DISCLAIMER: Many say a curse is not real unless one believes in it. Therefore as a precaution that the following stories may very well convince you, and in an attempt to save her own hide and those of her readers, this journalist will refrain from using the proper name of the party in question and instead refer to him as simply, the Unnamable
You’re at an asado talking politics with an Argentine, of course. They then make reference to a certain former president by the wrong name. Perhaps they said Menen or Mendez. Funny you think to yourself, and begin to ask “Don’t you mean Mene–?” when a hush comes over the table, forks freeze in mid air, even the chorizos sizzling on the grill seem to stare at you. “What?” you say innocently. But didn’t you know? Finish that sentence and that asado might just be your last. Therefore as a service to you and your long, happy and healthy life, do take heed.
President of Argentina from 1989 to 1999, the Unnamable is infamous for selling off the country’s national industries in a neoliberal yard sale and plunging the country further into debt with the one-dollar/one peso scheme and a series of billion-dollar loans from the International Monetary Fund. He is generally accepted as the father of the devastating 2001 economic collapse and has faced countless charges of corruption including accepting US$2m in bribes from German engineering conglomerate Siemens and the illegal sale of weapons to Ecuador and Croatia for which he continues to be prosecuted. He has yet to declare personal assets held outside of Argentina, which are said to be around US$10m, and oh yeah, in the 90s he pardoned a host of leaders of the 1976-83 military dictatorship such as Jorge Videla and Emilio Massera for leading the torture and murder of an estimated 30,000 of their own citizens.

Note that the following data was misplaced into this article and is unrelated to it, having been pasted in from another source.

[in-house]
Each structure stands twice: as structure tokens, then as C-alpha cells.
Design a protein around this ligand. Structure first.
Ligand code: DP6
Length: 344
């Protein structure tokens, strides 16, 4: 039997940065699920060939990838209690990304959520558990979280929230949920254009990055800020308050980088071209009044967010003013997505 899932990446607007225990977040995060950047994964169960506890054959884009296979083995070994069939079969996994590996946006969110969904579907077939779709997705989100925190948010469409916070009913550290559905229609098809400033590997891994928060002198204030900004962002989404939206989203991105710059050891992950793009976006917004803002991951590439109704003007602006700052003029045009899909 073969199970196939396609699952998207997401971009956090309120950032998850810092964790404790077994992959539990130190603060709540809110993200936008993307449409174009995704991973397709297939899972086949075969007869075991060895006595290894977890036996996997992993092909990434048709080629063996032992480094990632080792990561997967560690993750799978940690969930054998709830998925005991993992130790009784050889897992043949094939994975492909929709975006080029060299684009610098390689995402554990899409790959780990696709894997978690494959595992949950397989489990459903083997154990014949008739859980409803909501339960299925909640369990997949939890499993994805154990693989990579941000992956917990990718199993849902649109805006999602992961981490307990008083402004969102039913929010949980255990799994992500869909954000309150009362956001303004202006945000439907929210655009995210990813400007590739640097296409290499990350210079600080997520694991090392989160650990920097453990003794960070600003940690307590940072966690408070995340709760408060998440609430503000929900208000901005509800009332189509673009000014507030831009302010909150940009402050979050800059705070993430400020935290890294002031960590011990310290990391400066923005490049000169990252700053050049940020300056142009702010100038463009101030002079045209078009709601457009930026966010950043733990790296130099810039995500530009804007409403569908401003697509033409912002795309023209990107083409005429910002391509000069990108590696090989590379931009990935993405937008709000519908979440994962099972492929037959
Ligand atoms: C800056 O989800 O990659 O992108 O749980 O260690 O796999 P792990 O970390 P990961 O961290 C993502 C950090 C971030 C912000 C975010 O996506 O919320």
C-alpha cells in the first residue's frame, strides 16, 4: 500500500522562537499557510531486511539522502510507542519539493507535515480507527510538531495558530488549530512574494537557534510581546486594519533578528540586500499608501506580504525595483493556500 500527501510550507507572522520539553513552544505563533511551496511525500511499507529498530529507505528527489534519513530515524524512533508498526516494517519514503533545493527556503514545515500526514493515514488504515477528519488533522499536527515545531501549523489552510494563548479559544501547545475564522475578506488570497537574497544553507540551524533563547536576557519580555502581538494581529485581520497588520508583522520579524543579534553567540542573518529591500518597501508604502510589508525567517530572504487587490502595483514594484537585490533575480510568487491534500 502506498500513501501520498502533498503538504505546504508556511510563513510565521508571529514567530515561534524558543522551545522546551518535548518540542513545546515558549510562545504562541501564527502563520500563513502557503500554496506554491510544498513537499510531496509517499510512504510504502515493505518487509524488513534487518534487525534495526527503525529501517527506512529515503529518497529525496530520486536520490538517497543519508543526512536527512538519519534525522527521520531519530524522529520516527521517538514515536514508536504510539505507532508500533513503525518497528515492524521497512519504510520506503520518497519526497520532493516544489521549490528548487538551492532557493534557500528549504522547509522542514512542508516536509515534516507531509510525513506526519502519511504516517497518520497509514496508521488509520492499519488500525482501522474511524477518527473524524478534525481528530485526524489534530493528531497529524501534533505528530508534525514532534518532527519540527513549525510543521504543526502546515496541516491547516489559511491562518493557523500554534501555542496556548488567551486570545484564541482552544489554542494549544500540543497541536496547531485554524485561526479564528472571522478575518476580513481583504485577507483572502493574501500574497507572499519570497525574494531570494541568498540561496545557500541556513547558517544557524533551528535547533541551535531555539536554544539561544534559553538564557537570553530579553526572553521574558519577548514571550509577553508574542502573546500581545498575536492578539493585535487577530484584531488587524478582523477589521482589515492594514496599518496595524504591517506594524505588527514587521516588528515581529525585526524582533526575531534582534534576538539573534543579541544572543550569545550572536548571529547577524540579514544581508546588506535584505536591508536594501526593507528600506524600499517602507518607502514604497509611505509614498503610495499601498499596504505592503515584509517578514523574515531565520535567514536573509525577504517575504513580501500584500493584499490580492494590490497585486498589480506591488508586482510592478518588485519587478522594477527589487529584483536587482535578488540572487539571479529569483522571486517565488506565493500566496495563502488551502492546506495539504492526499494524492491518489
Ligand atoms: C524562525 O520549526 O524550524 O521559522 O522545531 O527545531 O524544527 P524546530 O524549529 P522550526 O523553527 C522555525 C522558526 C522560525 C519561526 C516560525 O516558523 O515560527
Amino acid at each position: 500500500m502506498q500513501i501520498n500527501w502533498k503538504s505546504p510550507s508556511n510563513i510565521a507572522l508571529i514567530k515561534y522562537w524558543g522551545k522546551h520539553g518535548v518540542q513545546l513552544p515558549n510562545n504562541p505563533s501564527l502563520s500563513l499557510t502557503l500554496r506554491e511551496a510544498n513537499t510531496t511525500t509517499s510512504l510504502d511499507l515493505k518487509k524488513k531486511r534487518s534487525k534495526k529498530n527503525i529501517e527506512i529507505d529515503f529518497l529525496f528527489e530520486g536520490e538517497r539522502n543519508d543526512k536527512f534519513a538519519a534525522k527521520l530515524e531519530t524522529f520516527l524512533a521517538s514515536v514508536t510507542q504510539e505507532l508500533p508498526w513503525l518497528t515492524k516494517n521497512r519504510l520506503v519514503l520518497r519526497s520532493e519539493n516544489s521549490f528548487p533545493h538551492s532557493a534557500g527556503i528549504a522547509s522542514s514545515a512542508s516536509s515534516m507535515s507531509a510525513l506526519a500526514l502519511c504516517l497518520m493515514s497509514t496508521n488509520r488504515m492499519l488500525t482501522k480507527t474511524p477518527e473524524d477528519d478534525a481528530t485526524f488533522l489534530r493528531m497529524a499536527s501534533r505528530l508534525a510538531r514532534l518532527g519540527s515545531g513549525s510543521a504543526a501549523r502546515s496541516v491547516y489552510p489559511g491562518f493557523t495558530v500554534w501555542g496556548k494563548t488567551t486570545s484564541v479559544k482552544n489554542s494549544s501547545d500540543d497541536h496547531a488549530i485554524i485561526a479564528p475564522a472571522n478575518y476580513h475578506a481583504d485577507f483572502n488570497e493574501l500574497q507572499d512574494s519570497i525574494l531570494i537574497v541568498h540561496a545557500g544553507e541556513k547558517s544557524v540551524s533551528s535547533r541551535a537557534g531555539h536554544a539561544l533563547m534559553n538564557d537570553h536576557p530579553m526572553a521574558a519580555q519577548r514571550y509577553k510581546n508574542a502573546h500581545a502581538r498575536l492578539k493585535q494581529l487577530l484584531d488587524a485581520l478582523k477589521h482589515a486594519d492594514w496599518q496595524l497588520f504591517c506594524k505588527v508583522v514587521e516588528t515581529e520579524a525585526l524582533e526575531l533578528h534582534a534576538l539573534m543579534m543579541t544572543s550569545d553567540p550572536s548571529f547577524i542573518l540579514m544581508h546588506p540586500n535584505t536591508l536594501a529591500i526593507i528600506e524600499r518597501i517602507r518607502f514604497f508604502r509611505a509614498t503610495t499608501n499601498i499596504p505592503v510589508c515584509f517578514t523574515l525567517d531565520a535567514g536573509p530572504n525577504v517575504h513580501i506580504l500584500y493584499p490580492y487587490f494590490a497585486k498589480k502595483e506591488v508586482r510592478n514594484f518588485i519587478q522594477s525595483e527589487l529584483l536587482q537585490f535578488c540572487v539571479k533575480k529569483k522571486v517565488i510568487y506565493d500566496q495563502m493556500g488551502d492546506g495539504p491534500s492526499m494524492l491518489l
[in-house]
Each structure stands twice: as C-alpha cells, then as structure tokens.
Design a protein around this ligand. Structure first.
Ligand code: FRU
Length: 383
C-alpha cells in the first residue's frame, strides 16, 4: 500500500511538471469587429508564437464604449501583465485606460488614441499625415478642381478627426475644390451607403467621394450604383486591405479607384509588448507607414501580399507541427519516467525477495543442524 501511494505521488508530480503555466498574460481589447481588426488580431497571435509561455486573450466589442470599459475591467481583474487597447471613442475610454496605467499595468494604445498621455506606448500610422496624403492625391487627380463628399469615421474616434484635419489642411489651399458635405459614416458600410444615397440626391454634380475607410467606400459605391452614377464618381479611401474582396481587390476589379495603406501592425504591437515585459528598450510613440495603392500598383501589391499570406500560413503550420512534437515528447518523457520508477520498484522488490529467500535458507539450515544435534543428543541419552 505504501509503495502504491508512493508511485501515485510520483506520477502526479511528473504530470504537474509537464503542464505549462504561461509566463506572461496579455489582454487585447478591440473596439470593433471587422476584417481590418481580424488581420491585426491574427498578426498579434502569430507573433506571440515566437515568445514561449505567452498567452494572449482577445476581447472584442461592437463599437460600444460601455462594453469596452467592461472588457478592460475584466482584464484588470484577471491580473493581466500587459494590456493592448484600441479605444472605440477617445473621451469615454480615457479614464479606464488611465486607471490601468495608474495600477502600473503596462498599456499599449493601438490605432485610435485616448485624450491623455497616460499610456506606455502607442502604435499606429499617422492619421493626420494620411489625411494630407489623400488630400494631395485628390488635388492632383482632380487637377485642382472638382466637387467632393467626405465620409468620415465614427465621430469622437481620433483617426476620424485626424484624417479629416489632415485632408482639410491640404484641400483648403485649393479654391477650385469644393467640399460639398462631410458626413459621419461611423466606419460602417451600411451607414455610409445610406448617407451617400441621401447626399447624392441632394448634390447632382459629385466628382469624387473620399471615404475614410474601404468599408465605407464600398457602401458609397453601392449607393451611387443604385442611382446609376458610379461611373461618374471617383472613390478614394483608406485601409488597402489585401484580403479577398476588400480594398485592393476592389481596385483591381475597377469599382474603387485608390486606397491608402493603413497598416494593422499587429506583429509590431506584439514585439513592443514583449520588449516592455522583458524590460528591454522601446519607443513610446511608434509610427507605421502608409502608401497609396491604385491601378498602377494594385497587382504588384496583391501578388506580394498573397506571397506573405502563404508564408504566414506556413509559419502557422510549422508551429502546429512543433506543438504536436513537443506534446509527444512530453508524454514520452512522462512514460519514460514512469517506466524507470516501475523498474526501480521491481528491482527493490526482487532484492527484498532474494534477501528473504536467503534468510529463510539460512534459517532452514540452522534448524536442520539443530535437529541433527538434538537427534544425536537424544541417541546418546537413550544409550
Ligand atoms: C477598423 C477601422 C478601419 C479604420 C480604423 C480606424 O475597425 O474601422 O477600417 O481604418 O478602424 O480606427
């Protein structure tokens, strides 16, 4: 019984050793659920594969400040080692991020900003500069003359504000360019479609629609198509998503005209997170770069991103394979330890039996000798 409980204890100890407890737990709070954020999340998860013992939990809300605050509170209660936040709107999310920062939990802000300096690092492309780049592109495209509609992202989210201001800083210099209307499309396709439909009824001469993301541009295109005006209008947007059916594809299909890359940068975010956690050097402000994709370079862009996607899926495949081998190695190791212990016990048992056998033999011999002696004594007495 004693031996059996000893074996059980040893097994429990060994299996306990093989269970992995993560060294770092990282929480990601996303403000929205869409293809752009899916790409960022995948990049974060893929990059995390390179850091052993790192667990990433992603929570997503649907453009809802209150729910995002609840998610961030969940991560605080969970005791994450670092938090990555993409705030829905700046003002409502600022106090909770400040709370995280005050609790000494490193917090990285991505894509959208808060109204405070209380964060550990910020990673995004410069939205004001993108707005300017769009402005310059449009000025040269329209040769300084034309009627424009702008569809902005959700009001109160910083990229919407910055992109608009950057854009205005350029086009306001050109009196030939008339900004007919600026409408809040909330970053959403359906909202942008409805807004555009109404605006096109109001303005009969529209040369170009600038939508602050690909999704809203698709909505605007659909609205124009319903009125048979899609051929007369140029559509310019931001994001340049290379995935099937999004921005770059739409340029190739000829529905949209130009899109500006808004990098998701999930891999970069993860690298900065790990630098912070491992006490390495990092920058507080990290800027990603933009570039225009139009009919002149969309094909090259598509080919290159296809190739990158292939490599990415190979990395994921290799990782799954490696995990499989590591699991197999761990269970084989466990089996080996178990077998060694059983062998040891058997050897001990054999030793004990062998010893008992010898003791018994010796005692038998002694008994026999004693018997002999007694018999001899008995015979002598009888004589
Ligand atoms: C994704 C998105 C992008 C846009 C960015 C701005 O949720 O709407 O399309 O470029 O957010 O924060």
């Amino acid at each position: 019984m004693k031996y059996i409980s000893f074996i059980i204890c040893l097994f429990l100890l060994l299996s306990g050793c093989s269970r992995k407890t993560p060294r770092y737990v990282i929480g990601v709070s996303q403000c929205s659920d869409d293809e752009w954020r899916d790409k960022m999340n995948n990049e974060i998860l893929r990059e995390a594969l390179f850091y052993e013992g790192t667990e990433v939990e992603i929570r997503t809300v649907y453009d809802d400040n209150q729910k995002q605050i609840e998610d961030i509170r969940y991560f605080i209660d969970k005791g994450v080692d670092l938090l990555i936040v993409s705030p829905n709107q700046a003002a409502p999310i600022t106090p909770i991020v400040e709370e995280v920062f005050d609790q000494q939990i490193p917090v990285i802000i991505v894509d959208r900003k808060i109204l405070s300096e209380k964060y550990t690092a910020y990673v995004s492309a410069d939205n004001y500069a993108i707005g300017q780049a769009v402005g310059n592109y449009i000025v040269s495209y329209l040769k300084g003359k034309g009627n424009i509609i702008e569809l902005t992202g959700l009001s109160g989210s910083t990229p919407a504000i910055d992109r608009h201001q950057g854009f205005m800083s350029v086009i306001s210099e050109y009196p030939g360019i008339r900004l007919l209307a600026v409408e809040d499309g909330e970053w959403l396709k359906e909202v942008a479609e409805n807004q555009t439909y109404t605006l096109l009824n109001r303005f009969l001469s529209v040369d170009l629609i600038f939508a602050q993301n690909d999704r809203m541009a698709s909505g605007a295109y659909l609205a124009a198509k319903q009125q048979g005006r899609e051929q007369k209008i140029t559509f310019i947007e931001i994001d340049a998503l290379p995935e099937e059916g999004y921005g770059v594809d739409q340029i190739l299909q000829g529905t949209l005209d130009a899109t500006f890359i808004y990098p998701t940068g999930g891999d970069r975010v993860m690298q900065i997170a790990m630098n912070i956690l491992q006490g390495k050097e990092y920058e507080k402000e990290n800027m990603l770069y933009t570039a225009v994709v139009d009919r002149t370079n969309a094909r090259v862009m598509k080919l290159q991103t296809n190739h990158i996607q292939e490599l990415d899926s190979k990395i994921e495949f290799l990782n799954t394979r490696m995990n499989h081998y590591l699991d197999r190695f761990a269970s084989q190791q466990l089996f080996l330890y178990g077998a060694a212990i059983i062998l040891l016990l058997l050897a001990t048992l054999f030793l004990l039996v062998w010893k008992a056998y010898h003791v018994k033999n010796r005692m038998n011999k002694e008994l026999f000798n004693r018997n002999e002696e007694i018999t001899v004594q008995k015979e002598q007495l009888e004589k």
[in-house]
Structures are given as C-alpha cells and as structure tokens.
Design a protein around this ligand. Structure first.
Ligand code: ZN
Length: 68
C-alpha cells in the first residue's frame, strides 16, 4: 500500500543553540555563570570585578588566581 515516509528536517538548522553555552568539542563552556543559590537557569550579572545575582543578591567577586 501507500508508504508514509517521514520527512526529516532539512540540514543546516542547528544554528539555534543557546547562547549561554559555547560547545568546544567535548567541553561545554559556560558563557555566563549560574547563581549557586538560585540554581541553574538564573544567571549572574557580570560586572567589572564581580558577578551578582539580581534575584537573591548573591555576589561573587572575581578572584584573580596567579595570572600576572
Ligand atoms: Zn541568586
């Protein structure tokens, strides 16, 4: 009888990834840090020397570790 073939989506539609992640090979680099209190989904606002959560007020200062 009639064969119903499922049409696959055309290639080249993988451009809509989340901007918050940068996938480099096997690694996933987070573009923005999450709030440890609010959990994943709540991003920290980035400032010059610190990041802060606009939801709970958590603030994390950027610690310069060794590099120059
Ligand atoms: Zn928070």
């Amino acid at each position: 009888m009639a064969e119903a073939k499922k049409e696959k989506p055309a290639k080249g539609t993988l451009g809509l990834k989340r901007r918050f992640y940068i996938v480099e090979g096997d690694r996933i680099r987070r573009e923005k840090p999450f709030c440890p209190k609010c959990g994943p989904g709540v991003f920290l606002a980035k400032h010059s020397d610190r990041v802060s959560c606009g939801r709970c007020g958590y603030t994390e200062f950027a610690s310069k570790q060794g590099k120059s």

But as if this knockout resume weren’t enough, the Unnamable has an additional reputation as being mufa or yeta in Spanish, or in English, very very bad luck. From lost football games to lost limbs, the Unnamable is attributed with having directly or indirectly caused a running list of minor and major tragedies. Argentines both rich and poor, River and Boca, and even his former supporters avoid saying the name like the plague, for fear they may be next series of strange incidents that have happened after encounters with the Unnamable, incidents far too strange to be merely coincidental. Let’s look at what has them so spooked.
Like the chicken and the egg, it is unclear whether the Unnamable’s bad political reputation is what spawned the myth of his curse or whether it in fact started much earlier. Believers will remind you of Miguel Roig, former vice-president of the agro-giant Bunge and Born and named Minister of Economy by the Unnamable upon taking office. Five days after accepting the position, Roig suffered a heart attack while driving in his car and died. Two months later, the Minister of Health and Social Action died in an aerial accident.